8. To spearhead public education on media literacy and cyber wellness, and advise the government on the appropriate policy response, Singapore established the Media Literacy Council (Council) in August this year. I understand that on 5 February next year, the Council will join more than 90 countries across the world to commemorate Safer Internet Day with activities to raise public awareness on the responsible use of online and mobile technology.
9. Lastly, we also encourage the industry to self-regulate, for example to develop Industry Codes of Practice which can be used to promote greater industry self-regulation and complement existing Internet content regulations, and the roll-out of services like family access networks. Such proactive efforts on the part of the industry ensure a high level of credibility and quality for Internet services, and help to establish confidence in and encourage wider use of the Internet.
10. Moving on specifically to convergence in the media space, this is a phenomenon enabled by the digitisation of media content, widespread availability of high-speed broadband connections, and proliferation of Internet-enabled devices. All of this has fundamentally transformed the way media content is distributed and consumed. Consumers can now access media content across geographic boundaries, anytime, anywhere, and through a wide range of devices and services. This presents many opportunities for businesses to offer innovative services and products to win the consumer dollar. Content creators are looking into interactive content that transverse multiple platforms. Distributors are re-evaluating the timeframes to release content and the best methods of engaging viewers.
11. Regulators are also grappling with the various dimensions of this fast-changing communications and digital media landscape. For example, we have to ask ourselves whether today’s content regulation and licensing frameworks will remain relevant in ensuring that the media industry continues to grow while the public interest is protected and promoted? Do we need to re-examine how we regulate traditional broadcasting vis-à-vis new Internet media services?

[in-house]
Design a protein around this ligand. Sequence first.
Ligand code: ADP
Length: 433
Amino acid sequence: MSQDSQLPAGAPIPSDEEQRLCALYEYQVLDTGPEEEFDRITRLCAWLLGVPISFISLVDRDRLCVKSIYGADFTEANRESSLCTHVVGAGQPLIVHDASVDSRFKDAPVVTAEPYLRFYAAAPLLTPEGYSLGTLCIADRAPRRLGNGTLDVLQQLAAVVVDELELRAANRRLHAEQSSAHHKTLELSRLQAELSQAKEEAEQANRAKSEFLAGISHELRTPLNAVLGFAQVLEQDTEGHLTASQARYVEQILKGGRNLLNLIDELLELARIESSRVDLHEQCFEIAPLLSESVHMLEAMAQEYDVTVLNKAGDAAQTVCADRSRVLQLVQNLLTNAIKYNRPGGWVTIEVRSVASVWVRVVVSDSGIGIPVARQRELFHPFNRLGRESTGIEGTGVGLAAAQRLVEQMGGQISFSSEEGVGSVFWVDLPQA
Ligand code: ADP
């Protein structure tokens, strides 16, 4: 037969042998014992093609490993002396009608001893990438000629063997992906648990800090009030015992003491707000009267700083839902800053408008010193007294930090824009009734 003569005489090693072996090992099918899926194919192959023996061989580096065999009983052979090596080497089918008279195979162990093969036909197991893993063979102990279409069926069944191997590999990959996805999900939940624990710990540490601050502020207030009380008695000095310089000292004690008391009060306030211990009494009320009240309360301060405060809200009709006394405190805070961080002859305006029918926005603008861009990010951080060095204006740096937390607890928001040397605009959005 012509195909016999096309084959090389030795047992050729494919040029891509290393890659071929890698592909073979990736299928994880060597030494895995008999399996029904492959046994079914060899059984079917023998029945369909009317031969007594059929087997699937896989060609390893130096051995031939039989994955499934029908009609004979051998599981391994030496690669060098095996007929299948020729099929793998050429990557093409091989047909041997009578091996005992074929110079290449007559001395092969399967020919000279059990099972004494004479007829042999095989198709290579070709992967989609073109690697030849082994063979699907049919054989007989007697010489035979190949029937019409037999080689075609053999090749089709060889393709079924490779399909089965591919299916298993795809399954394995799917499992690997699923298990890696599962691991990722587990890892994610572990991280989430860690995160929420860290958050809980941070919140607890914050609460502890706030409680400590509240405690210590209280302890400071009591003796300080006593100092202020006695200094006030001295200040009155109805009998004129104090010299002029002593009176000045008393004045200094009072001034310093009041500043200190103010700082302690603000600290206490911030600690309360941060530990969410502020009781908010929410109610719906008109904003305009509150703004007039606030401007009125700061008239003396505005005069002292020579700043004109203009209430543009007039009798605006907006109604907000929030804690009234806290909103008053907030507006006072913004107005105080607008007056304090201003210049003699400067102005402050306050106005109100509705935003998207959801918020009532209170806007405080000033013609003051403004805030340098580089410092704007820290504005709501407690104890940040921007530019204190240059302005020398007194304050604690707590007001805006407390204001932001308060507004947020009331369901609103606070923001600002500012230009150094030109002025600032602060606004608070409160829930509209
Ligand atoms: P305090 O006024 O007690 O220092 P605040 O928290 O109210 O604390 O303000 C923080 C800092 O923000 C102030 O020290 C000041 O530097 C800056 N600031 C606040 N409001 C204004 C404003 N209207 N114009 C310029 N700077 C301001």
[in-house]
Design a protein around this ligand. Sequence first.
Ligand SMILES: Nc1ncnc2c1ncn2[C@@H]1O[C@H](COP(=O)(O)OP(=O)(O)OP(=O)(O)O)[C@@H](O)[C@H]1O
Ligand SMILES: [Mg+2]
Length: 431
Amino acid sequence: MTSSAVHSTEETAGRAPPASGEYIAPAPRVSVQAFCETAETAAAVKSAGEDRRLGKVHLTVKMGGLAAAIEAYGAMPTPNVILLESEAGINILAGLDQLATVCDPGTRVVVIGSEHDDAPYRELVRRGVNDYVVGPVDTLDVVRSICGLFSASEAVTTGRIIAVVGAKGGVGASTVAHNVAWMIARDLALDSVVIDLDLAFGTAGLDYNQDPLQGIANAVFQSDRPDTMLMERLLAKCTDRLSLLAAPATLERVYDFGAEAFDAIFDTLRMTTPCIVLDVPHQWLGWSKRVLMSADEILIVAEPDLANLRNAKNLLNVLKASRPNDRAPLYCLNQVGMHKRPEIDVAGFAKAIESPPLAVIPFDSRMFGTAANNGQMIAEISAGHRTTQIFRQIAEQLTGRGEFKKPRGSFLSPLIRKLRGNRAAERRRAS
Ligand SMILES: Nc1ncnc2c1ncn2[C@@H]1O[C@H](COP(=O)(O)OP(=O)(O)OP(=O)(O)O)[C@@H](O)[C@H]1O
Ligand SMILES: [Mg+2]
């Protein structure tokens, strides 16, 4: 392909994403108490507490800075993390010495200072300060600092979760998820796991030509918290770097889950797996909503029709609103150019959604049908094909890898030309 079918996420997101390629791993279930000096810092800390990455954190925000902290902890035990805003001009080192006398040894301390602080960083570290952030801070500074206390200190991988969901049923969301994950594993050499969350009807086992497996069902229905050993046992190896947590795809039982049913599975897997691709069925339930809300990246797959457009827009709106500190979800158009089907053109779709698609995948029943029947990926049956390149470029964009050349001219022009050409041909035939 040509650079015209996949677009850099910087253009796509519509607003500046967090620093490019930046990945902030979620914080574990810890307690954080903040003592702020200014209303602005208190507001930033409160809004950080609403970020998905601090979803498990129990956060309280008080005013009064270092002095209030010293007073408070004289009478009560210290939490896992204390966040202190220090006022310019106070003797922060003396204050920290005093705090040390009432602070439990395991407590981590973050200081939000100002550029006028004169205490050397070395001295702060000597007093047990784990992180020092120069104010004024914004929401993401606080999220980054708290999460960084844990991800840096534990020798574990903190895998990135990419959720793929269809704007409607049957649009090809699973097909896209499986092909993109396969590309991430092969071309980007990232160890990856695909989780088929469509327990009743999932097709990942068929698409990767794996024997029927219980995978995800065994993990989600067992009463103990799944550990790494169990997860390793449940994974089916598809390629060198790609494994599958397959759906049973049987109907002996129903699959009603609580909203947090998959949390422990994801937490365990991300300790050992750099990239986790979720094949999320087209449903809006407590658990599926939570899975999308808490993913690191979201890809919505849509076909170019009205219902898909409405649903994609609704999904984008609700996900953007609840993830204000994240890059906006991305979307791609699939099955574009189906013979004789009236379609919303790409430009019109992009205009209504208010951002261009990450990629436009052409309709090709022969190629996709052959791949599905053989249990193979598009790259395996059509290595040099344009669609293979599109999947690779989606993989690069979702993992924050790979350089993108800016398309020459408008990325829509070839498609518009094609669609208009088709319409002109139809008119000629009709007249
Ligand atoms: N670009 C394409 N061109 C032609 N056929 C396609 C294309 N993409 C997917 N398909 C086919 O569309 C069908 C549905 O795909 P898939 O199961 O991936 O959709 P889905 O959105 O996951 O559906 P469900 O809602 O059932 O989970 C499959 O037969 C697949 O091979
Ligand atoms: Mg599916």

12. To this end, a Media Convergence Review Panel was formed in March this year to study issues relating to content regulation, local content, copyright and digital piracy issues, and licensing frameworks. The government will take in the Panel’s recommendations in reviewing Singapore’s existing policy and regulatory framework to ensure their adequacy and efficacy in the new multiplatform and interactive environment.
13. Some countries, including Australia, Canada, France, and the United Kingdom, are already familiar with the complex issues of media convergence and have initiated their own reviews. Others may have just started considering the coming impact on existing business and regulatory models. I hope that conference delegates will seize this opportunity to learn from each others’ views, experiences, and best practices on this matter.
14. In conclusion, close engagement between policy makers, regulators, businesses, and the public are a must in the current hyper-connected world of sophisticated technology and borderless media. Given Singapore’s highly connected and media-savvy society, we are on the cusp of these changes. And, we intend to grasp the opportunity to work closely with businesses in exploring new and creative ways to reach the consumer, while safeguarding public interest.
15. On this note, I wish you an engaging and thought-provoking discussion, and hope you will have an enjoyable time in Singapore. Thank you.
4Source from Nielsen’s Southeast Asia Digital Consumer Report 2011